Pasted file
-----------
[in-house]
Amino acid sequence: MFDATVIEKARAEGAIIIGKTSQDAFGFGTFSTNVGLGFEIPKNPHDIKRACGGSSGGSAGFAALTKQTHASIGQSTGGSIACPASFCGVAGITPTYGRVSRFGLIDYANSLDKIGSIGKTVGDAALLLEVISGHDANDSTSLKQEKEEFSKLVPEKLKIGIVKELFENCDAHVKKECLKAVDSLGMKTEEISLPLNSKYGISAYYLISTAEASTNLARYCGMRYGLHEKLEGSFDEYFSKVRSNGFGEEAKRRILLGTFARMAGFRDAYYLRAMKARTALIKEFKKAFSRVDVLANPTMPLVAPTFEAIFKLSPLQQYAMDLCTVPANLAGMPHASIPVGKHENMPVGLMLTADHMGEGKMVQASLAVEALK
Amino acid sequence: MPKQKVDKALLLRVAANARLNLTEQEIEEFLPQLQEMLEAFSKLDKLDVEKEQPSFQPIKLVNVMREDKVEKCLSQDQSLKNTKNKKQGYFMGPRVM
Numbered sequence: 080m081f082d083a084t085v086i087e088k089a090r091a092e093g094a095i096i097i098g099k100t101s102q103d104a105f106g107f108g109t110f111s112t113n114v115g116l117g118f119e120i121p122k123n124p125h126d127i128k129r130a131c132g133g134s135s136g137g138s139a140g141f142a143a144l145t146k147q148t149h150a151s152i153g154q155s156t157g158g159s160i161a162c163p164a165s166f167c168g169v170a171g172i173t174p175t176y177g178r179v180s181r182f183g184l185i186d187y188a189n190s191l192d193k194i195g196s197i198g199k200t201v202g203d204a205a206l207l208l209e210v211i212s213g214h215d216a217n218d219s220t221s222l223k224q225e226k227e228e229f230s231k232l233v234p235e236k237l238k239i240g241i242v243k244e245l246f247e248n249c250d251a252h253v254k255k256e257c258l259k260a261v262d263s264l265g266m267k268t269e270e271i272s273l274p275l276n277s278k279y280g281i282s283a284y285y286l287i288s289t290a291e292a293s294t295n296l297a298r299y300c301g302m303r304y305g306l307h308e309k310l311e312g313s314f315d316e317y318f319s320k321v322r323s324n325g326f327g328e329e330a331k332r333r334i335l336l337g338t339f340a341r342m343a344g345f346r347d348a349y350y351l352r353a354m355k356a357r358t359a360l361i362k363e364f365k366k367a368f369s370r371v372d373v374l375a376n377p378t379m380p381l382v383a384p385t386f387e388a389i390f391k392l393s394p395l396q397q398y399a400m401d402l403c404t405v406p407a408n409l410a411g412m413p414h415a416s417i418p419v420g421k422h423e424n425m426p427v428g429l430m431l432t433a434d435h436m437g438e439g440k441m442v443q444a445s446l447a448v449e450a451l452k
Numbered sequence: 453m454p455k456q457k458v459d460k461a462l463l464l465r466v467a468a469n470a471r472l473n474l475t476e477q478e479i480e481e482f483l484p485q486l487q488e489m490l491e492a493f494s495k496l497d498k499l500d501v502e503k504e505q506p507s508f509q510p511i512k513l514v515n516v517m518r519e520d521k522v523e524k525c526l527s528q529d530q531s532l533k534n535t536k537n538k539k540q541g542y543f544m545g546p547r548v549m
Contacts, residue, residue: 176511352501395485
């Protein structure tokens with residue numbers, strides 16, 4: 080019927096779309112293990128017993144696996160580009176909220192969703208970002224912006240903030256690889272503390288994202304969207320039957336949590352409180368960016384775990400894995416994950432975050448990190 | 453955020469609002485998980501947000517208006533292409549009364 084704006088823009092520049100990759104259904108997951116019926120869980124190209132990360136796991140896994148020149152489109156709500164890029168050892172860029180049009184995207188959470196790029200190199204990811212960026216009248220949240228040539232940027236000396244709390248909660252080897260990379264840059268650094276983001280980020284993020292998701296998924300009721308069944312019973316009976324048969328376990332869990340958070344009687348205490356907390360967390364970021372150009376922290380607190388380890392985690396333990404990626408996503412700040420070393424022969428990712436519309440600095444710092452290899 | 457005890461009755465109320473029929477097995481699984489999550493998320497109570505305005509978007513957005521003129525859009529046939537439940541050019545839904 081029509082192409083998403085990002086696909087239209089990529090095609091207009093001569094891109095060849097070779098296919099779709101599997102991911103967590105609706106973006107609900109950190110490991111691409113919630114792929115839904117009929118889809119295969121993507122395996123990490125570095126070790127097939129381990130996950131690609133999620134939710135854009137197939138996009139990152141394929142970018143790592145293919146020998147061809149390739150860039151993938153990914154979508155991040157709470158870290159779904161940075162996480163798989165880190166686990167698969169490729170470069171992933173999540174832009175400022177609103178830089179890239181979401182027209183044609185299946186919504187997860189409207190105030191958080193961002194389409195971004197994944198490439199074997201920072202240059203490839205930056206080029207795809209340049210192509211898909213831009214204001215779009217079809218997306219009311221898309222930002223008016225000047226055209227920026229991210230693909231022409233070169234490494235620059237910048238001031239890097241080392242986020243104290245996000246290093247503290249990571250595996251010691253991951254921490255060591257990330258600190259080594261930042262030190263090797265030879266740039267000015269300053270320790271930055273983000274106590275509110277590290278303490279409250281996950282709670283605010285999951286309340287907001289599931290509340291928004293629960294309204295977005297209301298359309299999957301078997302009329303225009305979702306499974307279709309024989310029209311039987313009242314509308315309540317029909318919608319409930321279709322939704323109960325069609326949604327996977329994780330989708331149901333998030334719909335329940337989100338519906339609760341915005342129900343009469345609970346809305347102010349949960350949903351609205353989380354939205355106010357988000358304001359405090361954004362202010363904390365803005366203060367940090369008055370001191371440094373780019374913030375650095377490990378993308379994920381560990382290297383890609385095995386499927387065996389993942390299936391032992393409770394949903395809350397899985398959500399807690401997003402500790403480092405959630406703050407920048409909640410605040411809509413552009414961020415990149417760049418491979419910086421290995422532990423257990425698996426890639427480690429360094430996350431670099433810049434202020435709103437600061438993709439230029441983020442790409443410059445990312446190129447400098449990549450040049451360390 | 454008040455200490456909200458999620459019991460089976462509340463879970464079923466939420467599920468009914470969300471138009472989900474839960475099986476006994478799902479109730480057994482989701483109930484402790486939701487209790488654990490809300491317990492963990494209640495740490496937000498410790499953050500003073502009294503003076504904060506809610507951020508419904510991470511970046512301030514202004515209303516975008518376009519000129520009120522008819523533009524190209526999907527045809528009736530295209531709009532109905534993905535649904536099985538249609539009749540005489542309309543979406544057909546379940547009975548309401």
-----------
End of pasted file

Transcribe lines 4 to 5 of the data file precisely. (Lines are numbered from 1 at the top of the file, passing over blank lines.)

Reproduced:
Numbered sequence: 080m081f082d083a084t085v086i087e088k089a090r091a092e093g094a095i096i097i098g099k100t101s102q103d104a105f106g107f108g109t110f111s112t113n114v115g116l117g118f119e120i121p122k123n124p125h126d127i128k129r130a131c132g133g134s135s136g137g138s139a140g141f142a143a144l145t146k147q148t149h150a151s152i153g154q155s156t157g158g159s160i161a162c163p164a165s166f167c168g169v170a171g172i173t174p175t176y177g178r179v180s181r182f183g184l185i186d187y188a189n190s191l192d193k194i195g196s197i198g199k200t201v202g203d204a205a206l207l208l209e210v211i212s213g214h215d216a217n218d219s220t221s222l223k224q225e226k227e228e229f230s231k232l233v234p235e236k237l238k239i240g241i242v243k244e245l246f247e248n249c250d251a252h253v254k255k256e257c258l259k260a261v262d263s264l265g266m267k268t269e270e271i272s273l274p275l276n277s278k279y280g281i282s283a284y285y286l287i288s289t290a291e292a293s294t295n296l297a298r299y300c301g302m303r304y305g306l307h308e309k310l311e312g313s314f315d316e317y318f319s320k321v322r323s324n325g326f327g328e329e330a331k332r333r334i335l336l337g338t339f340a341r342m343a344g345f346r347d348a349y350y351l352r353a354m355k356a357r358t359a360l361i362k363e364f365k366k367a368f369s370r371v372d373v374l375a376n377p378t379m380p381l382v383a384p385t386f387e388a389i390f391k392l393s394p395l396q397q398y399a400m401d402l403c404t405v406p407a408n409l410a411g412m413p414h415a416s417i418p419v420g421k422h423e424n425m426p427v428g429l430m431l432t433a434d435h436m437g438e439g440k441m442v443q444a445s446l447a448v449e450a451l452k
Numbered sequence: 453m454p455k456q457k458v459d460k461a462l463l464l465r466v467a468a469n470a471r472l473n474l475t476e477q478e479i480e481e482f483l484p485q486l487q488e489m490l491e492a493f494s495k496l497d498k499l500d501v502e503k504e505q506p507s508f509q510p511i512k513l514v515n516v517m518r519e520d521k522v523e524k525c526l527s528q529d530q531s532l533k534n535t536k537n538k539k540q541g542y543f544m545g546p547r548v549m